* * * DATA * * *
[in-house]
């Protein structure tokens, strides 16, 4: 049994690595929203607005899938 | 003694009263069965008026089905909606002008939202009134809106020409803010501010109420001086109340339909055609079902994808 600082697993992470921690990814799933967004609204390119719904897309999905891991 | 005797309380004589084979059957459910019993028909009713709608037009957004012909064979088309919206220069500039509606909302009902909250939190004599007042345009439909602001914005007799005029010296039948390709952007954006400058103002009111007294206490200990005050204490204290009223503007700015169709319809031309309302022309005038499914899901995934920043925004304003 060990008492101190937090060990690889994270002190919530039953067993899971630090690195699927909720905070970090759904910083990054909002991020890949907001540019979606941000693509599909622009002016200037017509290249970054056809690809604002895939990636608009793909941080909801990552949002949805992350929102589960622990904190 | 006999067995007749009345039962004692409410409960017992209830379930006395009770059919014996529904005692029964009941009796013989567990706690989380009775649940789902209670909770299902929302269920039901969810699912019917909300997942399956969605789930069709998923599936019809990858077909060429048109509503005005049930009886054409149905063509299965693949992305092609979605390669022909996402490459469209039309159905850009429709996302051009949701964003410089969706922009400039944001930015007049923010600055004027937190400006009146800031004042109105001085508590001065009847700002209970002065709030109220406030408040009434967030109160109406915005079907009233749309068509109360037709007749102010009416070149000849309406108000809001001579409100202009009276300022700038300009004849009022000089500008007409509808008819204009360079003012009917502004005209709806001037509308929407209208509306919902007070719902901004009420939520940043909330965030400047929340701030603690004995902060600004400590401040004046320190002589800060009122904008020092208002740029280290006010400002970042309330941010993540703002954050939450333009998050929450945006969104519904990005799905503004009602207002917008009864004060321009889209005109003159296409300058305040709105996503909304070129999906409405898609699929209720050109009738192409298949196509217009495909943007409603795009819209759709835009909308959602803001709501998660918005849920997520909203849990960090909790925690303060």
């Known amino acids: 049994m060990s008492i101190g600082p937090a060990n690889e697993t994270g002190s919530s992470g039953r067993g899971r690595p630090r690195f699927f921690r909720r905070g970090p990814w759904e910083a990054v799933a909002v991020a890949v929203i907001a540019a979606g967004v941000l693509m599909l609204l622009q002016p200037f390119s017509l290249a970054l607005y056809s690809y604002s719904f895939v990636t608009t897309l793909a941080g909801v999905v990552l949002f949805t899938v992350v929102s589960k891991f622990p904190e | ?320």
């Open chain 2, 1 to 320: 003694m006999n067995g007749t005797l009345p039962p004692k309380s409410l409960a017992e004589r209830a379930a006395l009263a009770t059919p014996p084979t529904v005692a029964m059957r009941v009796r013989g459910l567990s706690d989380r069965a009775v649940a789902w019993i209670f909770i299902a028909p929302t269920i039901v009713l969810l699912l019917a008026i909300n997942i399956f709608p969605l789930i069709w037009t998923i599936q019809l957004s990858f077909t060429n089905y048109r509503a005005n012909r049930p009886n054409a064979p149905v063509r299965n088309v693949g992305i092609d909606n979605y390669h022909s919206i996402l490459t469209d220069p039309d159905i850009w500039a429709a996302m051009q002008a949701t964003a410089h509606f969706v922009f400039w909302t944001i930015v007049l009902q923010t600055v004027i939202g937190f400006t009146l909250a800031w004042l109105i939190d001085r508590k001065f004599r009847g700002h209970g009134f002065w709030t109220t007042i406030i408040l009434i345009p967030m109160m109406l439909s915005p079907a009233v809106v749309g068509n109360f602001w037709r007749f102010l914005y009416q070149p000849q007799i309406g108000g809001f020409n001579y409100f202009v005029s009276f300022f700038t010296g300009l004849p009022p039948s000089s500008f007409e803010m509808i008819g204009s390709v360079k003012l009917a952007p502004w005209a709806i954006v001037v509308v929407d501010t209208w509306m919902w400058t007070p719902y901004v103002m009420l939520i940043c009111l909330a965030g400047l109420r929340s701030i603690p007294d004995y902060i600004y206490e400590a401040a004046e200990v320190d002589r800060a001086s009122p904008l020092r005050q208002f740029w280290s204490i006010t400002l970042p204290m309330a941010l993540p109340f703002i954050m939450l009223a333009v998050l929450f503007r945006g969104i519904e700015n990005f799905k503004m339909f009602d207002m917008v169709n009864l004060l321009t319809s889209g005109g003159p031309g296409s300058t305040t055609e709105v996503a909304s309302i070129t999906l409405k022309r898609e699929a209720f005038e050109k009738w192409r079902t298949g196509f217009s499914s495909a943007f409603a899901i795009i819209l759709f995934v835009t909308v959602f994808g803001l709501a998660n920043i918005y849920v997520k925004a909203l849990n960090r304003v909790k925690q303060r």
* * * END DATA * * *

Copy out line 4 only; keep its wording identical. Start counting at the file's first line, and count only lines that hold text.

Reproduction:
């Open chain 2, 1 to 320: 003694m006999n067995g007749t005797l009345p039962p004692k309380s409410l409960a017992e004589r209830a379930a006395l009263a009770t059919p014996p084979t529904v005692a029964m059957r009941v009796r013989g459910l567990s706690d989380r069965a009775v649940a789902w019993i209670f909770i299902a028909p929302t269920i039901v009713l969810l699912l019917a008026i909300n997942i399956f709608p969605l789930i069709w037009t998923i599936q019809l957004s990858f077909t060429n089905y048109r509503a005005n012909r049930p009886n054409a064979p149905v063509r299965n088309v693949g992305i092609d909606n979605y390669h022909s919206i996402l490459t469209d220069p039309d159905i850009w500039a429709a996302m051009q002008a949701t964003a410089h509606f969706v922009f400039w909302t944001i930015v007049l009902q923010t600055v004027i939202g937190f400006t009146l909250a800031w004042l109105i939190d001085r508590k001065f004599r009847g700002h209970g009134f002065w709030t109220t007042i406030i408040l009434i345009p967030m109160m109406l439909s915005p079907a009233v809106v749309g068509n109360f602001w037709r007749f102010l914005y009416q070149p000849q007799i309406g108000g809001f020409n001579y409100f202009v005029s009276f300022f700038t010296g300009l004849p009022p039948s000089s500008f007409e803010m509808i008819g204009s390709v360079k003012l009917a952007p502004w005209a709806i954006v001037v509308v929407d501010t209208w509306m919902w400058t007070p719902y901004v103002m009420l939520i940043c009111l909330a965030g400047l109420r929340s701030i603690p007294d004995y902060i600004y206490e400590a401040a004046e200990v320190d002589r800060a001086s009122p904008l020092r005050q208002f740029w280290s204490i006010t400002l970042p204290m309330a941010l993540p109340f703002i954050m939450l009223a333009v998050l929450f503007r945006g969104i519904e700015n990005f799905k503004m339909f009602d207002m917008v169709n009864l004060l321009t319809s889209g005109g003159p031309g296409s300058t305040t055609e709105v996503a909304s309302i070129t999906l409405k022309r898609e699929a209720f005038e050109k009738w192409r079902t298949g196509f217009s499914s495909a943007f409603a899901i795009i819209l759709f995934v835009t909308v959602f994808g803001l709501a998660n920043i918005y849920v997520k925004a909203l849990n960090r304003v909790k925690q303060r």